It’s graduation season at colleges and universities, so here’s a suggestion for a new grad in your life. A wee book (it’s just 43 pages, about $20 in hardcover), it is a good one to pair with the Seuss classic Oh, The Places You’ll Go, or if you can find it, H. Jackson Brown’s Life’s Little Instruction Book. This offers a gloomier perspective, and comes with couple of f-bombs along with lots of dark humour. Essentially, the message is that the world is going to hell, and you’ll find greater happiness (worth pursuing) by keeping your expectations low. Hiaasen, one of the few great writers for both kids and adults, begins by tearing apart the usual platitudes found in commencement speeches.
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Sometimes a title just grabs you and says Read Me. This is one of those titles. It’s the first of two reviews I’m doing this week, both of them books for children. There are three books in the “Two Dogs in a Trench Coat” series; this is the first. Sassy and Waldo are two dogs whose lives are devoted to eating food, protecting the household from the evil squirrels, and napping in the sun. Until they realize Stewart, the boy in their house, needs saving from a place called School, a place he goes every day and returns dejected and bored. Thanks to Waldo’s surprising ability to speak English, the two dogs finagle their way into the classroom, where they learn just how exciting school is, and help Stewart make a friend along the way.
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Sisters Korebe and Ayoola could not be more different. Korebe is a responsible nurse, level-headed and thoughtful. The younger Ayoola is beautiful, impulsive, and obsessed with her standing in social media. She’s also a sociopath. When Ayoola calls her sister for help in the middle of the night, Korebe knows what to do – bring gloves and bleach. This is the third boyfriend in a row who has died at Ayoola’s hands, but family comes first for Korebe. Until Ayoola’s next boyfriend is someone Korebe has deep feelings for. Now what? Dark humour abounds in this little novel, about 225 pages, set in modern-day Nigeria. I was reminded of Patrick deWitt’s brilliant The Sisters Brothers – it’s that kind of tongue-in-cheek scenario that will have you laughing when you should be horrified.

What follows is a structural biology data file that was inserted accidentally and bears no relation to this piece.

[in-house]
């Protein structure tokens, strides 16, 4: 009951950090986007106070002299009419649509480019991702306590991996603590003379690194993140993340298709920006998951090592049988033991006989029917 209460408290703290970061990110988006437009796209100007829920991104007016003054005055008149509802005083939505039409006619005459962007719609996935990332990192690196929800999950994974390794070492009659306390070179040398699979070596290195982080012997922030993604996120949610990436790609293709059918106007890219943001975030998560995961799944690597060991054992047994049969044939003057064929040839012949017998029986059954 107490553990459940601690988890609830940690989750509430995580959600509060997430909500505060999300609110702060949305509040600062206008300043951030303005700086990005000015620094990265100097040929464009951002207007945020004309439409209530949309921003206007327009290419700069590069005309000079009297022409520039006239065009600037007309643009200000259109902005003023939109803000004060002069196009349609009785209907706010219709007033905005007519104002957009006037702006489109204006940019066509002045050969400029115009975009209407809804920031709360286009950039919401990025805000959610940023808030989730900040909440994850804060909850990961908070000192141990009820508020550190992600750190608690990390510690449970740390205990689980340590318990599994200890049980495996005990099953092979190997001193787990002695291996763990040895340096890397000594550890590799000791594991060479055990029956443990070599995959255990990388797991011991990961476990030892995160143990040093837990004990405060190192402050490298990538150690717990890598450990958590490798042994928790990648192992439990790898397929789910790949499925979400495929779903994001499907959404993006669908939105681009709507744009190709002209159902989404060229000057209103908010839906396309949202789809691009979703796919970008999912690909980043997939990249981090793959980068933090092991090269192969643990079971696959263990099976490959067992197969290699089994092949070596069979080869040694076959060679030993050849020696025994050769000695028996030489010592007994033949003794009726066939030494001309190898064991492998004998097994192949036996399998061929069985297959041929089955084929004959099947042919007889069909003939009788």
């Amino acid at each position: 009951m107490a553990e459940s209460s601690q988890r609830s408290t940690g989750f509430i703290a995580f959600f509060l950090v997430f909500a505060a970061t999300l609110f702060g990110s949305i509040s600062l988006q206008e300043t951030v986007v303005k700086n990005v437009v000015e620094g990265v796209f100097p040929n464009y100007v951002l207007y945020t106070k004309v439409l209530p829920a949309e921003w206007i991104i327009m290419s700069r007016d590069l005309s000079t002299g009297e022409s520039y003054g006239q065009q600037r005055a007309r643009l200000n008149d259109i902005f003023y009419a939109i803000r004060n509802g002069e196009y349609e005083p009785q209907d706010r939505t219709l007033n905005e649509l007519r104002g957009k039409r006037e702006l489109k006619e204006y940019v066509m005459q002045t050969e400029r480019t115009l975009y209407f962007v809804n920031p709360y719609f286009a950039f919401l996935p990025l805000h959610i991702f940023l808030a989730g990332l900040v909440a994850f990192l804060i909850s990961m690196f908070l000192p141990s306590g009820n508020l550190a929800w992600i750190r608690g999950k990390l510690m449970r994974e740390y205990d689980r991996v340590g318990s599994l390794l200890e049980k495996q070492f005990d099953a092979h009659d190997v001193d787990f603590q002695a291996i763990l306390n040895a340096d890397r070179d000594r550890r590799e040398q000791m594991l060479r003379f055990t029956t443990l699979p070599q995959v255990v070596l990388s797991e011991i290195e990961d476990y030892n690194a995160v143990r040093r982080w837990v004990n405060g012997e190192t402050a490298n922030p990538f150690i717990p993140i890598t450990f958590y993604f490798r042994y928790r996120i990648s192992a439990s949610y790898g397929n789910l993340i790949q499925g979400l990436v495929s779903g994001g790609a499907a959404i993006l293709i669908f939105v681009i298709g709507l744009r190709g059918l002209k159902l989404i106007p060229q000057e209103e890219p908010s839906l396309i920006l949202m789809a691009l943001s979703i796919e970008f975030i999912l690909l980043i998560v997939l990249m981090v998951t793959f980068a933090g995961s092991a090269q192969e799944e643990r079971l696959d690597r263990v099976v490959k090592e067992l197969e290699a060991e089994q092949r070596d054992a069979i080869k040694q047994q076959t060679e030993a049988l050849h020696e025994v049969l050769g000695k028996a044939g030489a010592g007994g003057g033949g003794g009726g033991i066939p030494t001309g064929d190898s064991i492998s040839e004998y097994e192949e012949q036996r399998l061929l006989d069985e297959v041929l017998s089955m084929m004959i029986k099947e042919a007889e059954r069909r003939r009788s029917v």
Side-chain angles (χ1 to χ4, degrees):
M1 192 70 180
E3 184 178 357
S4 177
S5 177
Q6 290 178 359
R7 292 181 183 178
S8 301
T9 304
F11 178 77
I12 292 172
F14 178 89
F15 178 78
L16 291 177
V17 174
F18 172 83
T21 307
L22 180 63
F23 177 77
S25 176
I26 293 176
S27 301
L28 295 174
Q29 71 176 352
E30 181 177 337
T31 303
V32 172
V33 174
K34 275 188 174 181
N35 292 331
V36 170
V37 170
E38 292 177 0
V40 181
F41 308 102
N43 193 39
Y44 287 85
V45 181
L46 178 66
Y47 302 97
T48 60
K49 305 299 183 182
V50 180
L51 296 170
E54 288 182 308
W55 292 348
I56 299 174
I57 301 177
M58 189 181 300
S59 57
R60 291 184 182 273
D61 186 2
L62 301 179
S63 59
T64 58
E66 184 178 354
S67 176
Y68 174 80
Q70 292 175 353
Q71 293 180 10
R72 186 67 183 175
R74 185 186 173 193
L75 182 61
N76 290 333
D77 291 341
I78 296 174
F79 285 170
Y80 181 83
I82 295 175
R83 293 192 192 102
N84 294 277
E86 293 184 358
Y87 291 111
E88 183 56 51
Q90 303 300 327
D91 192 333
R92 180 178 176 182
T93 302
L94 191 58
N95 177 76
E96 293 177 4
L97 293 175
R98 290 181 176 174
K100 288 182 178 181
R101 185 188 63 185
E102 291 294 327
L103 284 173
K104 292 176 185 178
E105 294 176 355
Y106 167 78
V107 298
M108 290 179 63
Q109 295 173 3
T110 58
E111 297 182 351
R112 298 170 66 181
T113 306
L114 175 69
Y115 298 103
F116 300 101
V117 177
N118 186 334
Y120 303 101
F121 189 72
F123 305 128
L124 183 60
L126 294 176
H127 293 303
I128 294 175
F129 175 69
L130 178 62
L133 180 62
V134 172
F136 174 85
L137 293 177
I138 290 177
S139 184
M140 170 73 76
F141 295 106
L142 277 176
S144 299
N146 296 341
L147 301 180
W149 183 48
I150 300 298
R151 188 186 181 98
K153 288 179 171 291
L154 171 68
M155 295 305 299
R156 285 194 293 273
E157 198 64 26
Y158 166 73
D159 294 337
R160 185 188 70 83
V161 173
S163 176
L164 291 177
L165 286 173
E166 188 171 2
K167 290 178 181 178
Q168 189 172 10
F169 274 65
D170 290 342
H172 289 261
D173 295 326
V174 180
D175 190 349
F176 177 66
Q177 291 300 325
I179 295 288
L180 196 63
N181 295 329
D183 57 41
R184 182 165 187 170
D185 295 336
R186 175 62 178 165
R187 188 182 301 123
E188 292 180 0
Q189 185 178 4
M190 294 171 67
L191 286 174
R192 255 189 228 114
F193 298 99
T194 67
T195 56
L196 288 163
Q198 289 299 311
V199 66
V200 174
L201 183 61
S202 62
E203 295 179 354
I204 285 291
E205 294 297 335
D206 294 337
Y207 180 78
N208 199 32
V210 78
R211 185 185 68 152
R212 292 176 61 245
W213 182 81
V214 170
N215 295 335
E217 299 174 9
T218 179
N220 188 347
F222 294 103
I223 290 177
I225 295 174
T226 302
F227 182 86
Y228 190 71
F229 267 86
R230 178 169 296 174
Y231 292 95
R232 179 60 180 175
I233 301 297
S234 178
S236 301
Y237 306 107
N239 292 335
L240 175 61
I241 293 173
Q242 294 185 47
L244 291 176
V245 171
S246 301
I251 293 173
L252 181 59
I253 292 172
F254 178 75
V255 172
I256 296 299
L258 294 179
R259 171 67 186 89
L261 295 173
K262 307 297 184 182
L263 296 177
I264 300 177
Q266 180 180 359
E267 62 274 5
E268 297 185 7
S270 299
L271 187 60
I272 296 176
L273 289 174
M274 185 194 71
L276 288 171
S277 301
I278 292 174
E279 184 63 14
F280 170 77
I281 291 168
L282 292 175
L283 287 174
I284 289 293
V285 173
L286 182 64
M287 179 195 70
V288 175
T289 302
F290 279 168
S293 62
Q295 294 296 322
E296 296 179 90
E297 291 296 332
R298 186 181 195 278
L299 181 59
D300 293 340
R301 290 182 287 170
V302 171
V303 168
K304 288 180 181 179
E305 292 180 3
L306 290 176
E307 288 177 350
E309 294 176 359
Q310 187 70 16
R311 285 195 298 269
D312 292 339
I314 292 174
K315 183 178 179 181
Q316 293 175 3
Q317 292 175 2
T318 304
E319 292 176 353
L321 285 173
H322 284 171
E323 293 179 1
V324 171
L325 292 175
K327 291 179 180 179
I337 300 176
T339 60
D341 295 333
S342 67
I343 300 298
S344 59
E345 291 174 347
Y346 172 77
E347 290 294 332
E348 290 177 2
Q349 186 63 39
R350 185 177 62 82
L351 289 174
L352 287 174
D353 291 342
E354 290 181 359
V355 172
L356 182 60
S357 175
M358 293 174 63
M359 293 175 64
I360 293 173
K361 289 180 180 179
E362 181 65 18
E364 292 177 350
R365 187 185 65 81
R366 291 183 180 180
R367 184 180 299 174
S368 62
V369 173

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Mystery (Short Stories)
Well, here’s a surprising turn of events. If you are looking for a cosy mystery featuring a sharp-eyed nosy widow who solves the murder, this ain’t it. Eighty-eight-year-old Maud lives rent-free in Gothenburg, Sweden, in a highly coveted apartment, thanks to a decades-old agreement. With no family or friends, she surfs the Internet on a stolen laptop, travels the world drawing on a healthy savings account, and solves pesky problems with deadly precision. In this collection of five stories, Maud gets away with murder, thanks to a deadly combination of misanthropy, a mighty level of self-interest, a sharp intellect, and a ruthless willingness to use people’s assumptions about old ladies any time it suits her.
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Here’s a great new sci-fi novel for young adults with great crossover appeal for adults. Sixteen-year-old Annie Collins lives in Sorrow Falls, Massachusetts, where a spaceship landed three years ago. It landed, and has been sitting there ever since. Nothing happened. No alien invasion, no first contact, no “bring me to your leader” or space rays. Nothing. Nada. Oh, sure the military arrived, and an Independence Day-type motorhome camp has been set up with nerdy tech pointed at the squat black ship, but that’s it. Except something has changed, and government analyst Ed Somerville arrives, in the clumsy pretense of a reporter, to figure out just what is going on. The top expert on the spaceship, he’s never set foot in Sorrow Falls before, so General Morris tells him to hire uber-socially connected Annie as his local guide and interpreter. Read More »
Whatever happened to Monica Lewinsky? Those of us who remember the scandal that broke exactly 20 years ago this month are likely bemoaning the fact so little has changed, as police officers, movie producers, journalists and others across every industry face allegations of inappropriate sexual behaviour in the workplace. But at least now victims’ stories are being heard – 20 years ago, interviews with Lewinsky were done not to understand her side of the story but to broadcast one salacious detail after another. And that’s where this story stands out and shines. Zevin, author of the brilliant and delightful The Storied Life of A.J. Fikry, has reimagined the Clinton-Lewinsky affair into a sparkling novel that explores what happens when boundaries are crossed, decisions can’t be reversed, and lives are forever impacted. Read More »
This delightful and comical picture book is celebrating its 10th anniversary this year, and is still in print – it’s easy to see why! The book was first published in 2008, when it earned a starred review from Kirkus. I recently discovered it on my library’s bookshelves and immediately fell hard for this funny and silly story that will appeal to young children. Max the Duck likes making soup and has had both hits and misses, from the yummy-sounding squash gumbo to the Cracker Barrel Cheese and Marshmallow soup. But this time, this time Max is about to create his culinary masterpiece. Read More »